Josh Johnson takes the reins as Beaverton wrestling coach
At first glance, Beaverton head coach Josh Johnson could easily be confused for one his grapplers, maybe an injured wrestler shouting out instructions to his teammates from the sidelines.
At just 25 years old and still in tip-top shape from his collegiate wrestling days at Warner Pacific, Johnson could shave the stubble off his chin and sneak into a high school match to show the Beaver program how it's done, should he decide to give it a go one last time.
But don't mistake Johnson's youthful appearance for a lack of wrestling worldliness. Johnson was pegged as a future head coach from a very early age. He's been a coach's kid his whole life, somebody who learned at the knee of his dad, Frank Johnson, a widely renowned and respected wrestling guru who churned out six state champions during his tenure at Forest Grove High School. Frank coached Josh first at Forest Grove, then at Warner Pacific, and his influence on his son is vast.
"He taught me what I know," Josh Johnson said. "I do some things my own way, but pretty much everything I know I've learned from him. He was almost more excited for this job opportunity than I was. Having him back me up is great for me. I know I'm not going at this alone. It's about learning and getting better."
Both of Johnson's parents are teachers, so he grew up in an environment of selflessness and giving back, particularly to kids. Johnson was a superstar in high school, a two-time Class 6A state champion with tireless stamina and attention to detail in the lighter weight classes. He was quick, fast and technically advanced from a skill set standpoint. Growing up around the sport, wrestling with Frank in the living room, being instructed by some of the best coaches in the country, Johnson learned the ins and outs of takedowns and reversals, but more so he had a feel for wrestling. Naturally, his passion for the sport spurred an interest in coaching. Getting a head coaching job so soon out of college wasn't necessarily part of Johnson's plan, but when Beaverton athletic director Mike Blok reached out just a month before the season, he accepted albeit nervously at first.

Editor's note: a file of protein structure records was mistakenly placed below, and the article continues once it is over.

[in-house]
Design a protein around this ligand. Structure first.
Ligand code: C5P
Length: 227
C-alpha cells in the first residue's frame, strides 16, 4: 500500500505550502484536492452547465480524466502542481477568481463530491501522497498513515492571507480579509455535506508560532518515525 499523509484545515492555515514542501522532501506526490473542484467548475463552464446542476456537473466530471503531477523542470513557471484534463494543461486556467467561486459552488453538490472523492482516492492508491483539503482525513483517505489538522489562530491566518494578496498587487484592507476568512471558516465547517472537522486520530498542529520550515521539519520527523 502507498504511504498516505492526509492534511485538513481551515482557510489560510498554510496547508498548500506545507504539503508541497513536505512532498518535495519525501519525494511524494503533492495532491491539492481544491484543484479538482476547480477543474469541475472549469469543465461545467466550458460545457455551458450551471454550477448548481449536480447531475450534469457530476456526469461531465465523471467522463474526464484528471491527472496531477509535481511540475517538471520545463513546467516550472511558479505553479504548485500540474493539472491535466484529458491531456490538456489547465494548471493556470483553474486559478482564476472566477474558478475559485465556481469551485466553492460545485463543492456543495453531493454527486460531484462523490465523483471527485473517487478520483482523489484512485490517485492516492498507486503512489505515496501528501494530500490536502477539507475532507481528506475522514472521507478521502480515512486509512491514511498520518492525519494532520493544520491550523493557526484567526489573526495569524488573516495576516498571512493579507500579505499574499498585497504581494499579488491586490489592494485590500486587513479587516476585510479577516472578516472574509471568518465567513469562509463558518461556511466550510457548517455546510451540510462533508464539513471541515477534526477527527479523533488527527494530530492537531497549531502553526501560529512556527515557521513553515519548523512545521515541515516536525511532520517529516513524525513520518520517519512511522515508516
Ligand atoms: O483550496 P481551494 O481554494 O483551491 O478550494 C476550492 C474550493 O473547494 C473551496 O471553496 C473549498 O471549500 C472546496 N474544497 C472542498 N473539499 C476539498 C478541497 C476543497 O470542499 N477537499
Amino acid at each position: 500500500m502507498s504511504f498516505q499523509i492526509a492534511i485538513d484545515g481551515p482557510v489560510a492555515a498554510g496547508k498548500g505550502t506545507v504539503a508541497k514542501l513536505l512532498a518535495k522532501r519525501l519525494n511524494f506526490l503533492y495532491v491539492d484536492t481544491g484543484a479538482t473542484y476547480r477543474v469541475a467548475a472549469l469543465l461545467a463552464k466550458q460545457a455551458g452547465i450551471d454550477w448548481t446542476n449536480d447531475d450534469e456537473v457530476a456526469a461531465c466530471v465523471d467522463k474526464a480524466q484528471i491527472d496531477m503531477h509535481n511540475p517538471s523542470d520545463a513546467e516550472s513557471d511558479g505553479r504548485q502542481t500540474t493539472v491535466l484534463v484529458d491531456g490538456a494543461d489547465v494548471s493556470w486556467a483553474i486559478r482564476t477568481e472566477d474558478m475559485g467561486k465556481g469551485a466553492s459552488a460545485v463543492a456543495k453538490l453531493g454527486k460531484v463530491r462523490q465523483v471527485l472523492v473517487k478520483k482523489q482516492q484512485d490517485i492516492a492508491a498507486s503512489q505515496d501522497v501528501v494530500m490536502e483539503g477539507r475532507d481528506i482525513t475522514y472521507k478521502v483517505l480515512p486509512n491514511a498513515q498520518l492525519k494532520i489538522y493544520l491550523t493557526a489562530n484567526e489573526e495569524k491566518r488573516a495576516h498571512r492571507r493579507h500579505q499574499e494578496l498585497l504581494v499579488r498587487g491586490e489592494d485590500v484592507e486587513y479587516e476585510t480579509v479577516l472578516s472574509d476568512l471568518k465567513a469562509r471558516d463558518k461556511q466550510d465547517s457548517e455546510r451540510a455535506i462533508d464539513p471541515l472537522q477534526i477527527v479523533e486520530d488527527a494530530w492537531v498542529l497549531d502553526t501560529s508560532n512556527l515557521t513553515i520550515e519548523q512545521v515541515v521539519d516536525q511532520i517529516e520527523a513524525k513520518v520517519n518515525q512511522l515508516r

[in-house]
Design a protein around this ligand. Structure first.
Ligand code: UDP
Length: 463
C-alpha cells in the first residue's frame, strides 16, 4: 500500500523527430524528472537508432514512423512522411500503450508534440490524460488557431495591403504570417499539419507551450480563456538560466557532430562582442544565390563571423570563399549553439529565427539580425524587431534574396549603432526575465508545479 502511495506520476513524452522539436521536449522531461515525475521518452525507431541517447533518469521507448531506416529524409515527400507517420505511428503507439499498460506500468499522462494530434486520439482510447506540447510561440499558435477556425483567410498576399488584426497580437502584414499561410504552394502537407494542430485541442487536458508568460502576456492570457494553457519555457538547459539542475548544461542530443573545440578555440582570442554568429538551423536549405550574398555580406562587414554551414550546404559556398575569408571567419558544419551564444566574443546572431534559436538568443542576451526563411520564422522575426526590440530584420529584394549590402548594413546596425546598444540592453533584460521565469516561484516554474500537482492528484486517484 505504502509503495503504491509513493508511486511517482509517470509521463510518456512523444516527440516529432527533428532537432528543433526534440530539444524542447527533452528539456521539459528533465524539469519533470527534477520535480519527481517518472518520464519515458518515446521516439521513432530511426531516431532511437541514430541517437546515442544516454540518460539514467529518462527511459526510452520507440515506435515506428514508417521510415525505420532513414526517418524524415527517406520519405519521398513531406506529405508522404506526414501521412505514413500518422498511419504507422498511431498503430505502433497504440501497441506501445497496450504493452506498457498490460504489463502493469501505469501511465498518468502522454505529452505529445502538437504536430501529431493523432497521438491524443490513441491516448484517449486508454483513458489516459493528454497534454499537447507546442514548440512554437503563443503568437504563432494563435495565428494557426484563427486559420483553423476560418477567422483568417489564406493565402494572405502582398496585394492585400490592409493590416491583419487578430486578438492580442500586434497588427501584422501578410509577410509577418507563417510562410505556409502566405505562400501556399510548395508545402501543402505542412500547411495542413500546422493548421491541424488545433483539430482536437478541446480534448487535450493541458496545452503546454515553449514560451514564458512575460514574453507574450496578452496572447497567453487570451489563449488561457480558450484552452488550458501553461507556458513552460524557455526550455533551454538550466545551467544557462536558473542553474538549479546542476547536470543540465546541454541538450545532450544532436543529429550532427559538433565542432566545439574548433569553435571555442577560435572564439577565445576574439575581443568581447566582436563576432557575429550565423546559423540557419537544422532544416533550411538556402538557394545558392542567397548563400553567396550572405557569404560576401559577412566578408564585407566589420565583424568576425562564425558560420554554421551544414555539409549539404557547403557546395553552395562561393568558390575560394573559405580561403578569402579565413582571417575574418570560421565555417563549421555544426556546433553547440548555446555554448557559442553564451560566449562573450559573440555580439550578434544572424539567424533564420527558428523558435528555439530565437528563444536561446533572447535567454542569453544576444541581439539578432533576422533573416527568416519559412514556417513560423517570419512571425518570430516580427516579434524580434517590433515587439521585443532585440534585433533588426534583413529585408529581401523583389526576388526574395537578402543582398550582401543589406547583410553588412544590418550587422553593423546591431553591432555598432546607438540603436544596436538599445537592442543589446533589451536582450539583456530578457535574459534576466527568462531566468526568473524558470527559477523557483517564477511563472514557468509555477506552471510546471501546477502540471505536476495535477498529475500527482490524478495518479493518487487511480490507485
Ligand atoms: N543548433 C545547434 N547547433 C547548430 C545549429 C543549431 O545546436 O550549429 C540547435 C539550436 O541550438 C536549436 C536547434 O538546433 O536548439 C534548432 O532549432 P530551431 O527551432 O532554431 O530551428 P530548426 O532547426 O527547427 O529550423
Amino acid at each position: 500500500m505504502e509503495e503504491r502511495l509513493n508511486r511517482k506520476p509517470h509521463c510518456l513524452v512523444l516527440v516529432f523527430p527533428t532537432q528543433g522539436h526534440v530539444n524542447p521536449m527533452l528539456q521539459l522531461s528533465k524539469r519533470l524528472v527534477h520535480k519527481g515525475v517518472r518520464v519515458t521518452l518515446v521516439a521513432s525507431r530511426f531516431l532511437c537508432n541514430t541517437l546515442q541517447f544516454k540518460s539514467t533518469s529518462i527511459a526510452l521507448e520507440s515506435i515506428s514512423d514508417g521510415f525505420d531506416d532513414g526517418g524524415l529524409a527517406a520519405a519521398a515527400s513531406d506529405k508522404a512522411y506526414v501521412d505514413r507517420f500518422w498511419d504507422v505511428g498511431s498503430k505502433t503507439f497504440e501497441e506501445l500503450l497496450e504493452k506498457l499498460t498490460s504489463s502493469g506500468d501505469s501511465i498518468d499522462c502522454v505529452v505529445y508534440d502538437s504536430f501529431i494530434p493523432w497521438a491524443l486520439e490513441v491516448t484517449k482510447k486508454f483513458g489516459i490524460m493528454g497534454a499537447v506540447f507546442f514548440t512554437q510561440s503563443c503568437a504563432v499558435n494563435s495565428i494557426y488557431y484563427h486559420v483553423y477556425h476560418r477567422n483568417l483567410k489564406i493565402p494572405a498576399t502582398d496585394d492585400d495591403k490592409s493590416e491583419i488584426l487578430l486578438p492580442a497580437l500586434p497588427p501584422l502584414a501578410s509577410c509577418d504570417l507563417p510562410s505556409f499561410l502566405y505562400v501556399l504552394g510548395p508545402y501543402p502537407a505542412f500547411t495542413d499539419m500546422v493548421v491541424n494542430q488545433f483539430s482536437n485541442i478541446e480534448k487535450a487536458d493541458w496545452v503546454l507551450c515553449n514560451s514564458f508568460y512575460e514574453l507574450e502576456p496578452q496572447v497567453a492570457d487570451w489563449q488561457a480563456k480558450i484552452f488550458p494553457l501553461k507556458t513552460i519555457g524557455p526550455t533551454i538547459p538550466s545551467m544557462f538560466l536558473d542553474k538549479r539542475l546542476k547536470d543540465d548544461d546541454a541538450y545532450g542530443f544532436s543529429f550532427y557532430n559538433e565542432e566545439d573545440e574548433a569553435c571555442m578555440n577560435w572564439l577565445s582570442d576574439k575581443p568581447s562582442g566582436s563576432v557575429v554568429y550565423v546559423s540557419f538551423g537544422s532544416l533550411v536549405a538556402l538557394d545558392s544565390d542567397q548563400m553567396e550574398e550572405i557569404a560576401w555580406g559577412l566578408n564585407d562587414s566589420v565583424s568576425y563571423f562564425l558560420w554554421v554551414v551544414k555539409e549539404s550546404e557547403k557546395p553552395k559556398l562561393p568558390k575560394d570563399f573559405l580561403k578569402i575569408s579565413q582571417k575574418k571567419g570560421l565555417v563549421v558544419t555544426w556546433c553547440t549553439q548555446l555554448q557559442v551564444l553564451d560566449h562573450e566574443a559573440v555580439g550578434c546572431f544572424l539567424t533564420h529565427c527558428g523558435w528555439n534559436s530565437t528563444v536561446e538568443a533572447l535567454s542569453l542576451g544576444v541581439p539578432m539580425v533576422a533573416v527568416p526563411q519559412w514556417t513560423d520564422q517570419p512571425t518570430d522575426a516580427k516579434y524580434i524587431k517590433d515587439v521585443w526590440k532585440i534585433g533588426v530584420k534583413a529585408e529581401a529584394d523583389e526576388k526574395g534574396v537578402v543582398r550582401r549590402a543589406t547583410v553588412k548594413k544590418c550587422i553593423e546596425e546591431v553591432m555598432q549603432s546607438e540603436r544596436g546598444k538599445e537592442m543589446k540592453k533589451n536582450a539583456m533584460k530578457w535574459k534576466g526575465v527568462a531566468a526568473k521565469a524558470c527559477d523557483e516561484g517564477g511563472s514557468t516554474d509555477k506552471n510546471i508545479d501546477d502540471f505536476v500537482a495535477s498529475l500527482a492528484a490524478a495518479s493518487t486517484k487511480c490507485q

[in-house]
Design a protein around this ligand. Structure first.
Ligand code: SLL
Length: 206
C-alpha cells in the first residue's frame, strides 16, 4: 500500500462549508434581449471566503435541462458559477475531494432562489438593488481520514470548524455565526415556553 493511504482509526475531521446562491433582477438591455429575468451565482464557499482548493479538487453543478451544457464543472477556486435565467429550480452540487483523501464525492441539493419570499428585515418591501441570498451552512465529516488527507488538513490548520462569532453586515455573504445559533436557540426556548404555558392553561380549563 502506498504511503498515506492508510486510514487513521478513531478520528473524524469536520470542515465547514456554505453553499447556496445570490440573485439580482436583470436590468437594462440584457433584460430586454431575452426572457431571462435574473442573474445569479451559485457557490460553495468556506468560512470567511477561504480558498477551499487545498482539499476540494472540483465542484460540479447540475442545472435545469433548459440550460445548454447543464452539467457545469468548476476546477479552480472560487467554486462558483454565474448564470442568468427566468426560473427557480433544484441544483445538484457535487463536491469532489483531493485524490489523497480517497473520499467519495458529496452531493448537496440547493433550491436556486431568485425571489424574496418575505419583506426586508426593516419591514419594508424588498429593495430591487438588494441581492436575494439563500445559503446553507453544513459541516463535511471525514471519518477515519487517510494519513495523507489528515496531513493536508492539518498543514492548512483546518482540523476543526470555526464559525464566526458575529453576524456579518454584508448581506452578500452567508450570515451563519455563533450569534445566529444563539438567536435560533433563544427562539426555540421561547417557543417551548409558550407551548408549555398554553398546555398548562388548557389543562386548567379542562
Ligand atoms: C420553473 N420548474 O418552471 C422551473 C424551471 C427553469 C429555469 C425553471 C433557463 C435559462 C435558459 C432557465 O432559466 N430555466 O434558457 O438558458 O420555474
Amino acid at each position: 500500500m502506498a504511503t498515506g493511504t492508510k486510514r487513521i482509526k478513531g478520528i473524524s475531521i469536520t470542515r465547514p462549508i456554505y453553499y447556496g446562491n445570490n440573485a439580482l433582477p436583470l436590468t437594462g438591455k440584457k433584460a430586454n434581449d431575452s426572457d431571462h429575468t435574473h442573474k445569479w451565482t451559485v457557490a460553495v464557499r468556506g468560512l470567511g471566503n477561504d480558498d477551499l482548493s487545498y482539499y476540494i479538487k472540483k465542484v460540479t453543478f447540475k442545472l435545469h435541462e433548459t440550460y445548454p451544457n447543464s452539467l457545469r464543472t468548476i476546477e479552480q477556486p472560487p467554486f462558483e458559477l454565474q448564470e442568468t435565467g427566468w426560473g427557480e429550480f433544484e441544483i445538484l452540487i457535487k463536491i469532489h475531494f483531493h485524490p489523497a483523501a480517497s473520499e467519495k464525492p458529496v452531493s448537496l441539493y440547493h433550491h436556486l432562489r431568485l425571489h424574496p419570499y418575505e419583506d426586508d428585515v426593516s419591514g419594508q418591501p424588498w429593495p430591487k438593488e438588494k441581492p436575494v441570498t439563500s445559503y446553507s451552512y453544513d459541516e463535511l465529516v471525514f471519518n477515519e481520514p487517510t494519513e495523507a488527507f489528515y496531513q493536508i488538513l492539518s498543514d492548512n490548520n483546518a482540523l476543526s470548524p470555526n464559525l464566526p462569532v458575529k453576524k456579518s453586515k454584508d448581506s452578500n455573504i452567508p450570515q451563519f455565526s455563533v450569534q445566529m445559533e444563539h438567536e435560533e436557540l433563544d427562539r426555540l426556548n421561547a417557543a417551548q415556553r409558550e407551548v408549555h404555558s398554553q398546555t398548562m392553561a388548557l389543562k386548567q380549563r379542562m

"Wrestling will always be a part of my life whether I'm competing or coaching," Johnson said. "I was hesitant (to take the job). I had just graduated and wasn't sure if I wanted to commit to something so big. I wasn't sure if I was ready. But the influences in my life, like my dad and other coaches, told me I was capable. (Blok) is a great guy and he told me I'd have a lot of support during the season. A lot of it was just me believing in myself and believing in what we can add to these kids."
Johnson's long-term vision for the program consists of building a group that fights for the full six minutes of a match if need be, a unit that's rugged, durable and able to overcome difficult challenges. Junior Sandrey Mitberg fits that mold for sure. Coming off a great junior campaign on the football field, the 220-pounder possesses state meet aspirations. Look for others such as 138-pound Drew Field, 145-pound Vincent Vanzuylen, 182-pound Miguel Hernandez and 285-pound Ryan Turner to contend for dual meet wins throughout the season.
"Technical aspects of wrestling you can learn, but it's hard to teach a kid to be hard-nosed," Johnson said. "They kind of have to have it. If we're in there battling the whole time and (the opponent) remembers 'Hey this kid is from Beaverton, he's tough physically and mentally', that's what I want to be known for, ultimately."
As a 103 and 112-pound wrestler, Johnson said he wasn't "the strongest guy" but that fits perfectly with the new batch of lighter weight Beavers who are new to the program this year. Johnson's staff is full of former collegiate wrestlers, many of who are the same age as him and competed at the next level. Confessedly, Johnson said he has a hard time with patience but knows his team is filled with rookies and newcomers just beginning to get their feet wet. He's been busy instilling strong practice habits in the Beaverton wrestling room, hammering home the fact training hard will equate to more success come match time. But above all the novice head coach simply wants to see strides from his pupils and be open to constructive criticism.
"I want to motivate these guys and add value to them," Johnson said. "At the end of the day, if they learn something from me, I'm ok with that. I want them to get better at wrestling. If they're better at the end of this year than they were at the beginning, then I can be happy. And if they keep doing what we've asked them to do, then they will improve. We've already seen it. I'm excited these kids, they've shown a lot of potential."
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